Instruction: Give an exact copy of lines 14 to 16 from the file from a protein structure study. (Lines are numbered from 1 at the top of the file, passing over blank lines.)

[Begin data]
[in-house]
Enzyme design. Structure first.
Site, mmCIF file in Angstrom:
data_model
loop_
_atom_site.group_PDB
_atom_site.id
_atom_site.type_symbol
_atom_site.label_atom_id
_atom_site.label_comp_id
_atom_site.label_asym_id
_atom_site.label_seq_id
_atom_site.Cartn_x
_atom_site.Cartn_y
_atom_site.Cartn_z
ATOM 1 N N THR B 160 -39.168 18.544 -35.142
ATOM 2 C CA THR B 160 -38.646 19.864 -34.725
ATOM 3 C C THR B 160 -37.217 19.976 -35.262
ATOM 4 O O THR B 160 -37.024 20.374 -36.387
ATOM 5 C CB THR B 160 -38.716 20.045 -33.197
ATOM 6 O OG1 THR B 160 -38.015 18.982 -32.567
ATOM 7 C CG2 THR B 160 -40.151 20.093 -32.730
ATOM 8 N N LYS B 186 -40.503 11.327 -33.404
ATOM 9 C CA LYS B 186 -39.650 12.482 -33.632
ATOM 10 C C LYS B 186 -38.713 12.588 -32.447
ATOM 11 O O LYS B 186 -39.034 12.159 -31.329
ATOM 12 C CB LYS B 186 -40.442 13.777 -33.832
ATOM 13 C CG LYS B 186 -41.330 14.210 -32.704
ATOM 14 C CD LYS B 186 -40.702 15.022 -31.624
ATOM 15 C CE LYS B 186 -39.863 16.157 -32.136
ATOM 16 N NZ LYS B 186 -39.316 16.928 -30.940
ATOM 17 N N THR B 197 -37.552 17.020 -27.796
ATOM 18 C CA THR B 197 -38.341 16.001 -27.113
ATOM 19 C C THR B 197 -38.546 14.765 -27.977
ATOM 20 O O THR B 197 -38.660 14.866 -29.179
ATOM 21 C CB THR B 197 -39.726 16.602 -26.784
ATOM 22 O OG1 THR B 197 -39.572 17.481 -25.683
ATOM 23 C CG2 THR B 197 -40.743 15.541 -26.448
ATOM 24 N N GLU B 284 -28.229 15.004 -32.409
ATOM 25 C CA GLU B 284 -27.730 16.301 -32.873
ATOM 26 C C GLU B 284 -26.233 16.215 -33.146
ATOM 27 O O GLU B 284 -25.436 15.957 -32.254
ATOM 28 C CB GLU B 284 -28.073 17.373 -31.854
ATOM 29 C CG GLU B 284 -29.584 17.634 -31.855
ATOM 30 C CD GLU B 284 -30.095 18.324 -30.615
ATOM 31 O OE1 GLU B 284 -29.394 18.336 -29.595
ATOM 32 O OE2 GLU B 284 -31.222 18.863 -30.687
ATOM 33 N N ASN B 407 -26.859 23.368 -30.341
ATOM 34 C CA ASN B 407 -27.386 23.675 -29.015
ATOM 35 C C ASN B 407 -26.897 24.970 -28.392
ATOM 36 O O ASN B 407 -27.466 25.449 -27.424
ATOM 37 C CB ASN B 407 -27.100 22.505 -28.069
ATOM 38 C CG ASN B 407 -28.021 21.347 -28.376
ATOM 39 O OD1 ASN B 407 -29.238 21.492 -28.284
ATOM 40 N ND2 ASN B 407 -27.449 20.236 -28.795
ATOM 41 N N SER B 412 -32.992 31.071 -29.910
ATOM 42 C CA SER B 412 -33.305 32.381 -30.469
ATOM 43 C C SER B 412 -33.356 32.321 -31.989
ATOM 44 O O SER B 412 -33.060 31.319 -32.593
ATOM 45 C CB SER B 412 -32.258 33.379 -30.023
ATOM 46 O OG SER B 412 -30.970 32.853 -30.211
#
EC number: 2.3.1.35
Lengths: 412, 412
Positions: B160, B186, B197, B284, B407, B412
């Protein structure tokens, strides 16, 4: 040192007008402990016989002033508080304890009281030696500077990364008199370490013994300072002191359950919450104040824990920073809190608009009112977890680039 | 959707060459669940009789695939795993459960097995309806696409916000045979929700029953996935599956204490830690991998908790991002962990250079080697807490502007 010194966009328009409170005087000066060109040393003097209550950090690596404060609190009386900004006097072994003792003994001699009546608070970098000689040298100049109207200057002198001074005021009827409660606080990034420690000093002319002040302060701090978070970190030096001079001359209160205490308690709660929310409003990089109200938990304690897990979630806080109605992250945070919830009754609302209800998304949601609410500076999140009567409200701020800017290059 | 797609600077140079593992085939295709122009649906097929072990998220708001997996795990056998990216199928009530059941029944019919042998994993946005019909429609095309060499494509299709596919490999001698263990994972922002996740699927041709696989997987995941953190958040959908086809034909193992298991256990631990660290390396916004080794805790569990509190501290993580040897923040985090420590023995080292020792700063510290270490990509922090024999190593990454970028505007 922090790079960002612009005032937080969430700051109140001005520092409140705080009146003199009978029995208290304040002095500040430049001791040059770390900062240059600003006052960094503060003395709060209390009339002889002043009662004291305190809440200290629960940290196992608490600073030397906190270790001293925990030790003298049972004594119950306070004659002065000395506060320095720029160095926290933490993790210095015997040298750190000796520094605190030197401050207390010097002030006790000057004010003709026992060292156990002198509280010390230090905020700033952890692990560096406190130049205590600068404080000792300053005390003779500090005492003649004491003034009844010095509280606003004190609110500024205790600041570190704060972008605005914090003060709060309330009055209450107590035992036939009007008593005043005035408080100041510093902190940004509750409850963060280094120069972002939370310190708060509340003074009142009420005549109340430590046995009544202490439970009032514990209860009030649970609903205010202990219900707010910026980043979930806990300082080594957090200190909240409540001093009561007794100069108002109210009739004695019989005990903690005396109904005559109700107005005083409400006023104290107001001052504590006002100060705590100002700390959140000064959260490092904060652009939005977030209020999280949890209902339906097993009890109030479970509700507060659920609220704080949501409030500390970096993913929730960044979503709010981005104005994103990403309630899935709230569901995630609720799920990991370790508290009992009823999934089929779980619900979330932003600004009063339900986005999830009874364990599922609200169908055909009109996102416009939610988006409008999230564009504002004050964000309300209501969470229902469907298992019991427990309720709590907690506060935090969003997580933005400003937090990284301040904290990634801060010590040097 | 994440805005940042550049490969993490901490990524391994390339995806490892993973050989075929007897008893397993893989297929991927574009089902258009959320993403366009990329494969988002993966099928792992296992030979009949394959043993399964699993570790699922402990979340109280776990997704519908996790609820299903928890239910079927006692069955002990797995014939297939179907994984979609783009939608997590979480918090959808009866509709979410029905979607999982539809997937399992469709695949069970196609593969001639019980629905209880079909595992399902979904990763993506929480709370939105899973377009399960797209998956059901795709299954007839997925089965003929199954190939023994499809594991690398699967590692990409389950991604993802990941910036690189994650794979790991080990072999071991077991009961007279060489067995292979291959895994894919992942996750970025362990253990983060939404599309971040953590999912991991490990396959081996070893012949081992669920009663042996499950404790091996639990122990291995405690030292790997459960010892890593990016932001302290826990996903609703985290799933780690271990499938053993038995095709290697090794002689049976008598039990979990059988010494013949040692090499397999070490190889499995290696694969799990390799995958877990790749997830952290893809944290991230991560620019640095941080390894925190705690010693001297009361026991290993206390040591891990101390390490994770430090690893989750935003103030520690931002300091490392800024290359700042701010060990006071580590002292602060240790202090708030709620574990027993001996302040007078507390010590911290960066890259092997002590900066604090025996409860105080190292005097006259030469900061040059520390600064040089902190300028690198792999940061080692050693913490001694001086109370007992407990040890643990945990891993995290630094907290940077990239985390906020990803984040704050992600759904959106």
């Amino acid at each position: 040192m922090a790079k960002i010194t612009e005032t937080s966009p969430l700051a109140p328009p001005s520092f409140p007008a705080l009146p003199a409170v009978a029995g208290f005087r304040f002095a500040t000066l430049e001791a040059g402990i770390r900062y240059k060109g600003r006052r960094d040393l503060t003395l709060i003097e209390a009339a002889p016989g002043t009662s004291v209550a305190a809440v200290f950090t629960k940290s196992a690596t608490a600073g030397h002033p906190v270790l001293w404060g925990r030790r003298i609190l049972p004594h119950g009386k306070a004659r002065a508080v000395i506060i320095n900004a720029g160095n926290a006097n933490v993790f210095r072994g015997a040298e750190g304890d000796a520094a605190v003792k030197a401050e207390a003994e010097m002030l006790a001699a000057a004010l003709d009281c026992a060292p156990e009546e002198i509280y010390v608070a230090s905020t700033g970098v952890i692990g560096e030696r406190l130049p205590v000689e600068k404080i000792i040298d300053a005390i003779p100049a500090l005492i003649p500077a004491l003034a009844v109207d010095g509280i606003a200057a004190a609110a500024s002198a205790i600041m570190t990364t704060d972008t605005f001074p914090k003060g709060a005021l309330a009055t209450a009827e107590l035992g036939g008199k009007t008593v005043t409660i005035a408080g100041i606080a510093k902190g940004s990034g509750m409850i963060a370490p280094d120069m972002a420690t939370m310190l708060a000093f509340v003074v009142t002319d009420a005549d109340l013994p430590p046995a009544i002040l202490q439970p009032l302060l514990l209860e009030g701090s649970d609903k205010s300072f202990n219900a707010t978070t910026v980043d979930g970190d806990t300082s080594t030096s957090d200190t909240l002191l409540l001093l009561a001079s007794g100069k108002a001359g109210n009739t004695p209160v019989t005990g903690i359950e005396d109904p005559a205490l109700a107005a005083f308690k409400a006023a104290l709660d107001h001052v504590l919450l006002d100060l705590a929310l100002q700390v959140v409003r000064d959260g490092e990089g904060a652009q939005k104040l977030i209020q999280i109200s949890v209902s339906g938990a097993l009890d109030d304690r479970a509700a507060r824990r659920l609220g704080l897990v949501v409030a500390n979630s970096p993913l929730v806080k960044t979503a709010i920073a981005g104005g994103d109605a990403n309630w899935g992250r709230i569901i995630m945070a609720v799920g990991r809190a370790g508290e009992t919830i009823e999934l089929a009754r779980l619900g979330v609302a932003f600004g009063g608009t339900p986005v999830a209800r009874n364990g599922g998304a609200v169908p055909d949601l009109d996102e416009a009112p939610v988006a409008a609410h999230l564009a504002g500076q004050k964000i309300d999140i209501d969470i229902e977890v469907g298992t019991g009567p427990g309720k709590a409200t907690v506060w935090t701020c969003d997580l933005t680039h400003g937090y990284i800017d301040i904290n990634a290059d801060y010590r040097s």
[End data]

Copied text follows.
_atom_site.Cartn_y
_atom_site.Cartn_z
ATOM 1 N N THR B 160 -39.168 18.544 -35.142